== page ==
It’s not a very closely guarded secret that I like lighter weight watches. Titanium is an interesting material, because it is both lightweight, hard to machine, and tough at holding up against the brutish, rough and tumble world. Citizen used to make wonderful watches, and here’s one from the back catalogue that I really wish they would revive.
The BN0141-53E (I hate having to refer to it by its model number) was made for a short period of time, and in a limited edition of 2500. Made out of titanium, the watch is not entirely dissimilar to a Tudor Submariner from 1995, the 79190, which had a stainless steel bezel. The watch is powered by an Eco-Drive movement, which for some, may be its only failing. For me, it makes it a perfect apocalypse watch. When the apocalypse comes, as long as there’s still sunshine, and EMP hasn’t killed all electronics, the ProMaster Diver will still run without requiring service.
That would be fine, and could go for any Eco-Drive model. What makes this work are a combination of elements. First, it’s titanium through and through, with a titanium bezel, crown, caseback, and bracelet. This cuts the weight in almost half compared to a steel watch. Secondly, the design. It’s obviously a relative of the Submariner design language, but Citizen has changed hour indices and the bezel markers just enough to make it their own.
The hands are mercedes, and fall a little shorter than I might like, but the seconds hand is tipped with a delightful shade of blue. The bracelet is constructed like an oyster, but with a molded 5 link look, and the crown guards are angled down and pointy. The bezel has straight knurling rather than the scalloped knurling of modern Subs, making it more akin to an older Sub. The crystal is a flat sapphire, with the unique asset of a date magnifier that is internal to the crystal – it bubbles below the surface, making the crystal smooth to the touch. It’s excellent.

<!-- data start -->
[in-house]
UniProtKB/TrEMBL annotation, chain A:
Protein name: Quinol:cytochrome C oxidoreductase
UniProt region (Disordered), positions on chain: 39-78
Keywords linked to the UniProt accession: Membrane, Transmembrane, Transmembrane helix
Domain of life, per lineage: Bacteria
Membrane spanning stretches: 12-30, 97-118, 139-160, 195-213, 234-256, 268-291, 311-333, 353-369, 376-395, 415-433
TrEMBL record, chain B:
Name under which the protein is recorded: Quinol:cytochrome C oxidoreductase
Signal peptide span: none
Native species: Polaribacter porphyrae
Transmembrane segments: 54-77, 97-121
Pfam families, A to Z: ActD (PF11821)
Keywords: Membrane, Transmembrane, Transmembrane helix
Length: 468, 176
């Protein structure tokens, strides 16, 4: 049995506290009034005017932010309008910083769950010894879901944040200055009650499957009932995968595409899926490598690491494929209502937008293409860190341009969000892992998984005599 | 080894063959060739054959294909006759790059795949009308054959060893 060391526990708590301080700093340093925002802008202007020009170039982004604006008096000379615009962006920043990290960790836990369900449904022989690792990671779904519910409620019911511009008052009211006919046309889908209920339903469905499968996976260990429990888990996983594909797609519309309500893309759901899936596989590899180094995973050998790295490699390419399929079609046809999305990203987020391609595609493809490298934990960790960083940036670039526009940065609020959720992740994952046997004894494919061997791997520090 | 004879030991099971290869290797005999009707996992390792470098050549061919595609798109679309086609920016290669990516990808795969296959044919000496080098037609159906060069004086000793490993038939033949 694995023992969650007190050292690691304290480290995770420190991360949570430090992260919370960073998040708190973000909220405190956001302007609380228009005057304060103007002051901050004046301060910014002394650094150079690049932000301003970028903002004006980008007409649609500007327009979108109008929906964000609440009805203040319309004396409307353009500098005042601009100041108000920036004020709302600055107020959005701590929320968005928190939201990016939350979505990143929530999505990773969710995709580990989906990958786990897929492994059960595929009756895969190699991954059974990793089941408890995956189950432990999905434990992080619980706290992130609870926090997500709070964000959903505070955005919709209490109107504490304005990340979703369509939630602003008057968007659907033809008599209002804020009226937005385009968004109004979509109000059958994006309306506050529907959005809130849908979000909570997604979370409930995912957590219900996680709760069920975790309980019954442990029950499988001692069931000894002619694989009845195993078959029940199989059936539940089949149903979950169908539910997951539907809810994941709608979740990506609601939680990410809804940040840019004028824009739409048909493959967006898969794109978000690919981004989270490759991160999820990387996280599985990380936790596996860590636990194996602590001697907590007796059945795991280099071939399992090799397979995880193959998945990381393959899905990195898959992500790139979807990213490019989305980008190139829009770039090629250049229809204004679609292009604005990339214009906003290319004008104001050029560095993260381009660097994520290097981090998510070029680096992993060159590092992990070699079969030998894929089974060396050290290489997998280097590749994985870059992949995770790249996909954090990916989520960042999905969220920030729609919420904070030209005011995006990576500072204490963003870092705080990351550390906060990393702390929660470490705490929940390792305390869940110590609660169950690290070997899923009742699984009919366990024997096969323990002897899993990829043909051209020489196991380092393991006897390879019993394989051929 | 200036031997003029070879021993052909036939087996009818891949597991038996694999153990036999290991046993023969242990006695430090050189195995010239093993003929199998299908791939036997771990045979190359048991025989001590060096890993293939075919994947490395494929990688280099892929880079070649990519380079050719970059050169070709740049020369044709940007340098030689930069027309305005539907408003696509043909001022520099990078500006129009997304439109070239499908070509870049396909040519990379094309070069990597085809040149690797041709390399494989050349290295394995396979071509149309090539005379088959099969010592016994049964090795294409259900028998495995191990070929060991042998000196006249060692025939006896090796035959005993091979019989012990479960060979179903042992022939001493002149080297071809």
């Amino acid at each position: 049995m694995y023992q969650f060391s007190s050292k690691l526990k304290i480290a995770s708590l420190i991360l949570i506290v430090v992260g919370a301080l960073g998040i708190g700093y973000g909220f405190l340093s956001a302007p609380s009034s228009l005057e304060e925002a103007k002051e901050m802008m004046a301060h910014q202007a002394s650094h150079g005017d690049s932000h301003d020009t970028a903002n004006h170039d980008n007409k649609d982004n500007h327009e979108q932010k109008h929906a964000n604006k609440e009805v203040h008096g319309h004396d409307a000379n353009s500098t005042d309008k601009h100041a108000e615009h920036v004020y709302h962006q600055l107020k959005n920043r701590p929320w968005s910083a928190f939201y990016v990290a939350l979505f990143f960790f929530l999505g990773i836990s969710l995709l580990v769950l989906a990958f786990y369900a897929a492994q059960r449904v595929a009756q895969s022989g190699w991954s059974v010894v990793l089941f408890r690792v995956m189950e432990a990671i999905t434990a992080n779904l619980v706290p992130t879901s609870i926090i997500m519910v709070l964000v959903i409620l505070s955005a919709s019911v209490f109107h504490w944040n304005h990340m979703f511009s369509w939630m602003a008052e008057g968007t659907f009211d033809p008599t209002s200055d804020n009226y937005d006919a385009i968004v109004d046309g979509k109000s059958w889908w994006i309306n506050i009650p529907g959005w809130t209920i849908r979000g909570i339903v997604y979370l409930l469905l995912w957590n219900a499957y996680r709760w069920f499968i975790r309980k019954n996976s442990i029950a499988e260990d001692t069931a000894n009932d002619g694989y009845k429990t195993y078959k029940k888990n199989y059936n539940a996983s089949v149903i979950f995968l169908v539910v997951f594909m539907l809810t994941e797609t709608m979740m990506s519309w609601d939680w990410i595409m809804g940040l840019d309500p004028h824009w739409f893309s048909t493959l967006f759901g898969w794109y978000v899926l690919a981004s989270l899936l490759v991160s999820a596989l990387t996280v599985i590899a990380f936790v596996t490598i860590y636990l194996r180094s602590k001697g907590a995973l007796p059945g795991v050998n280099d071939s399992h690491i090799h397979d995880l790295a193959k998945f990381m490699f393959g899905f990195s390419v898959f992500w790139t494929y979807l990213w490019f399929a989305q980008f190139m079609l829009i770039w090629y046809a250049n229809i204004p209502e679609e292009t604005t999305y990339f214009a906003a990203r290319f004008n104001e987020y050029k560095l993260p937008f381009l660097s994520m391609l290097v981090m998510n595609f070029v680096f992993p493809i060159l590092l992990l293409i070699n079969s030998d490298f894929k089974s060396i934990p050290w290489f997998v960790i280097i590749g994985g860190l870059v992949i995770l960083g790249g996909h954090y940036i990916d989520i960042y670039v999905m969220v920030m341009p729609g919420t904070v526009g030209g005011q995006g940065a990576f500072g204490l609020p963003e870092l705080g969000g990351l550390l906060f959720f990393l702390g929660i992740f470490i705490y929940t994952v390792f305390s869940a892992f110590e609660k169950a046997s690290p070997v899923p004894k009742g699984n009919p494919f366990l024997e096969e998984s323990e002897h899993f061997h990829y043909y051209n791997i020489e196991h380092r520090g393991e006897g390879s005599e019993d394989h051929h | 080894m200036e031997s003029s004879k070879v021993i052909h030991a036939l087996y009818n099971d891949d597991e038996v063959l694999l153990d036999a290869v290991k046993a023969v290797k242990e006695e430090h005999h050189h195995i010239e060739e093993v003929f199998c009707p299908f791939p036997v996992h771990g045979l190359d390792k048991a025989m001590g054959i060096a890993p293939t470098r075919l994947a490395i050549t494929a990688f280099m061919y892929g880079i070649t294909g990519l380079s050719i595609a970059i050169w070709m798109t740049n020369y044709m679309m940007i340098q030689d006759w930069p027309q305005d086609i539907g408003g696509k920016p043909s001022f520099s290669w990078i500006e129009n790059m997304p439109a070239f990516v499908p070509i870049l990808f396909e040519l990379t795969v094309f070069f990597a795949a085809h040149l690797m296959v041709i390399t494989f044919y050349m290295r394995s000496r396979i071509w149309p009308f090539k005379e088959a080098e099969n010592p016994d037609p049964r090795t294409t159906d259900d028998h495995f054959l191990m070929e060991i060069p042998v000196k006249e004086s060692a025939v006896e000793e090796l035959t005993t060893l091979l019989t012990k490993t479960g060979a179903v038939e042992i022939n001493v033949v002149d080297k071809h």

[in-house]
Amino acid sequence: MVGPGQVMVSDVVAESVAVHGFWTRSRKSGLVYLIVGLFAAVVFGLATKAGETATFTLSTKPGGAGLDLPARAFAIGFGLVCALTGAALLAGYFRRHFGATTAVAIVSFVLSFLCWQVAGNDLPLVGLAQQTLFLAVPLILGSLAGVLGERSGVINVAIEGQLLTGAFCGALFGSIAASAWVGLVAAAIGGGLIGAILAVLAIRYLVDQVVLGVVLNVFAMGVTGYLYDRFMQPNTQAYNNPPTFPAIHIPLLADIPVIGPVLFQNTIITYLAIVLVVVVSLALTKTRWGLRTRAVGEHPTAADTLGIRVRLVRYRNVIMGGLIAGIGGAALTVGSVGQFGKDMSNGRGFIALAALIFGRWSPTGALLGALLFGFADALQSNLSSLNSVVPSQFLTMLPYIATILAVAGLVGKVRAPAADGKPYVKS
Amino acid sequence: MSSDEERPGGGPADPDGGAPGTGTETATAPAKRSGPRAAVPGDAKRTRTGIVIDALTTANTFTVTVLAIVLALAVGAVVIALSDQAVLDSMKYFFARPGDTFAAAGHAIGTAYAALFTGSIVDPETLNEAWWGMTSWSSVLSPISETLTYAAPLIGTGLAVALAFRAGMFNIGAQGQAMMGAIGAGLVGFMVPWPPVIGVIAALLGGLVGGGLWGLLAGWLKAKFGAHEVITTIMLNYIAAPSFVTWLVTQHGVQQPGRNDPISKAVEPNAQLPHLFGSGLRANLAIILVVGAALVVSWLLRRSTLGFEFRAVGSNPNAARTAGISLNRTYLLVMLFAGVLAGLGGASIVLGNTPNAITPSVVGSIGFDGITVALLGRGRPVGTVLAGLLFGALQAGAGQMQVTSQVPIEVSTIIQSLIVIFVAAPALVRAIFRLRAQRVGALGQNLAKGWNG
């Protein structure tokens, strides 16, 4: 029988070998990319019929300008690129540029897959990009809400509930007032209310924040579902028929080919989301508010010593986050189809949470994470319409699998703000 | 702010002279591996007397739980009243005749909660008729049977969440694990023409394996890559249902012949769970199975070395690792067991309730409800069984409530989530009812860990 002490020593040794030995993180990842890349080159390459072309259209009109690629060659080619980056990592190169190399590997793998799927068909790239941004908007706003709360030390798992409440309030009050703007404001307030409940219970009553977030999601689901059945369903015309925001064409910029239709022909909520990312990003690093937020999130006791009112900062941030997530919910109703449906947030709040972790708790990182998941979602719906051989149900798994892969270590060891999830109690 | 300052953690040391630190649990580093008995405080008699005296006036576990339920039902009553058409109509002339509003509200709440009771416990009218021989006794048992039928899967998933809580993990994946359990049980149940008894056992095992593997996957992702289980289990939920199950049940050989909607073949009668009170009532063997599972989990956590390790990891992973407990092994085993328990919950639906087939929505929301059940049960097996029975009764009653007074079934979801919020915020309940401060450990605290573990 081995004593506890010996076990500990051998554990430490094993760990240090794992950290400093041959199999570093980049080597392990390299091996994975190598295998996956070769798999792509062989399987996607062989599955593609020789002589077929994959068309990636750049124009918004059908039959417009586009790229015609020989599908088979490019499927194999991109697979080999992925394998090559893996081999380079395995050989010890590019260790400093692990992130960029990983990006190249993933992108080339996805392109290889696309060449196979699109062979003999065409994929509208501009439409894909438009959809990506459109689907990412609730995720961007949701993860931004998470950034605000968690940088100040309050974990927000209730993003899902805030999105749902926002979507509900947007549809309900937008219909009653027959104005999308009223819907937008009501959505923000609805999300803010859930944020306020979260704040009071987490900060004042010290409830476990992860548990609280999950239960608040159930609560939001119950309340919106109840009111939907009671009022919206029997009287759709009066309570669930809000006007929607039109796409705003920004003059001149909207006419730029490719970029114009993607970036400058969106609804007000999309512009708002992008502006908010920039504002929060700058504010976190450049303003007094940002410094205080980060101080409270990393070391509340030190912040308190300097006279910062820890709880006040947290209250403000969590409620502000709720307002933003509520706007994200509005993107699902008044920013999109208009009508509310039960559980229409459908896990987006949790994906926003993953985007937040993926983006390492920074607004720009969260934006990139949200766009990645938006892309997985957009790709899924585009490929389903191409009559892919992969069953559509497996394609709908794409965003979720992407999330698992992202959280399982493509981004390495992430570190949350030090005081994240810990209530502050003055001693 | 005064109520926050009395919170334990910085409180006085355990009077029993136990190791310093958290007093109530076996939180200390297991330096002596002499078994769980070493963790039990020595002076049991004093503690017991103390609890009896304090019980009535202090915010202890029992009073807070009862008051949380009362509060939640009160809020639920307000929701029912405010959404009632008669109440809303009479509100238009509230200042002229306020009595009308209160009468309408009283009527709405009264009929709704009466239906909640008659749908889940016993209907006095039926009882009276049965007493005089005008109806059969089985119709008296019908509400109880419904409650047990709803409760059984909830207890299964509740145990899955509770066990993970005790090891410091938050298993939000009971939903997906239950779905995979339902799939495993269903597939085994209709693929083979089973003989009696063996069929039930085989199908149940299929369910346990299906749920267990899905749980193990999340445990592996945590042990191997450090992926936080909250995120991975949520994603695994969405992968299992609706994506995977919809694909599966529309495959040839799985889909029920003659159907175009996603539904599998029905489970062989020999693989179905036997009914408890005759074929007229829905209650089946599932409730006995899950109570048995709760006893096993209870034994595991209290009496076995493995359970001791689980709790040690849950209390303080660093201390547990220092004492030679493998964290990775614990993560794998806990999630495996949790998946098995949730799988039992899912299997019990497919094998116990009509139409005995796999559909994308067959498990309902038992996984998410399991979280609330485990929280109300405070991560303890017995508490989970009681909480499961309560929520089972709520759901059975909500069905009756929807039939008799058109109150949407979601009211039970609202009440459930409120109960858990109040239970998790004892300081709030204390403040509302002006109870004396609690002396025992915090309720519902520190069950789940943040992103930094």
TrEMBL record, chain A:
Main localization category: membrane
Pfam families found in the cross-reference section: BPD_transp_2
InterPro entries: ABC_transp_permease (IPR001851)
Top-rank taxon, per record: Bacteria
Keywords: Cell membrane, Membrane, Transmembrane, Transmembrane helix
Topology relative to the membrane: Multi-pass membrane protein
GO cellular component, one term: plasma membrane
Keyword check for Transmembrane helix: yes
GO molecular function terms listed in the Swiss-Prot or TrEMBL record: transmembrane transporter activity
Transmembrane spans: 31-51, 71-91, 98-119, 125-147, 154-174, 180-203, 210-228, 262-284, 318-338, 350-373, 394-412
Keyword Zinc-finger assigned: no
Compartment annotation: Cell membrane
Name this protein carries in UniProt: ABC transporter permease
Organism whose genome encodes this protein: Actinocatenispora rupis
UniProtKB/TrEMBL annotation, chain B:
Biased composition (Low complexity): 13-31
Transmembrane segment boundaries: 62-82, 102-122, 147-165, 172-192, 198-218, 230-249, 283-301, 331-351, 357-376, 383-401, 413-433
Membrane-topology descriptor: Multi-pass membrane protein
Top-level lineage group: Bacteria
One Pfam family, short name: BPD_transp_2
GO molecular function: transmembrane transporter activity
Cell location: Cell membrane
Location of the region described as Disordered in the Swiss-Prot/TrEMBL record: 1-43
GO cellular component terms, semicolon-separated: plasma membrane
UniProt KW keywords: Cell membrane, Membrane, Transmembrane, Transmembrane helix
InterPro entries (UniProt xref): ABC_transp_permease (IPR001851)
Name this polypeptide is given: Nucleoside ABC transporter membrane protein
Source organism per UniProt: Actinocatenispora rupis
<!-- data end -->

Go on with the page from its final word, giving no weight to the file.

A word on lume. Citizen got the lume right here: they used largely blue for most of the dial, and illuminated the bezel pip and minute hand in green. It’s a little subtle, but it makes a difference. I doubt that it would be that noticeable underwater, but it looks brilliant on land.
This is a tool watch, with a solid movement, a solid design language, and comfortable to wear. If I could ask Citizen to change it up a little, I could do without crown guards entirely, and would wish for sharper bezel knurling, a slightly larger crown, and maybe a true oyster style bracelet in titanium. It’s such a joy to wear as it is. A very reasonable request is, why, among Citizen’s catalogue, are there only 9 watches equipped with automatic movements, and only one of them in the diver segment? We don’t know. What we do know is that there are more, and better Citizen-powered automatic divers than the one available from Citizen today. That’s right; third parties using Citizen movements do a better job than Citizen does today. But Citizen of just a few years ago? They nailed it. If you like the idea of a watch for the beach, a watch for banging around doing yard work, wrenching on the car, or bodging some project around the home, the best Eco-Drive quartz ProMaster Diver made should do the job.
- Brand & Model: BN0141-53E ProMaster Diver Limited Edition
- Price: good luck. Examples can be found for $500 now
- Who we think it might be for: Lightweight, with a movement that will survive everything but the death of the Sun.
- Would I buy one for myself based on what I’ve seen?: It’s pretty sweet for a quartz watch.
- If I could make one design suggestion, it would be: bracelet simplification, bezel teeth made a bit sharper, removal of crown guards.
- What spoke to me the most about this watch: it’s the modern tool watch.
Tech Specs from Citizen
- Case size: 43mm
- Height: 13mm
- Case material: titanium
- Crystal: sapphire
- Strap: brushed titanium, equipped with a folding clasp
- Movement: Citizen Eco-Drive
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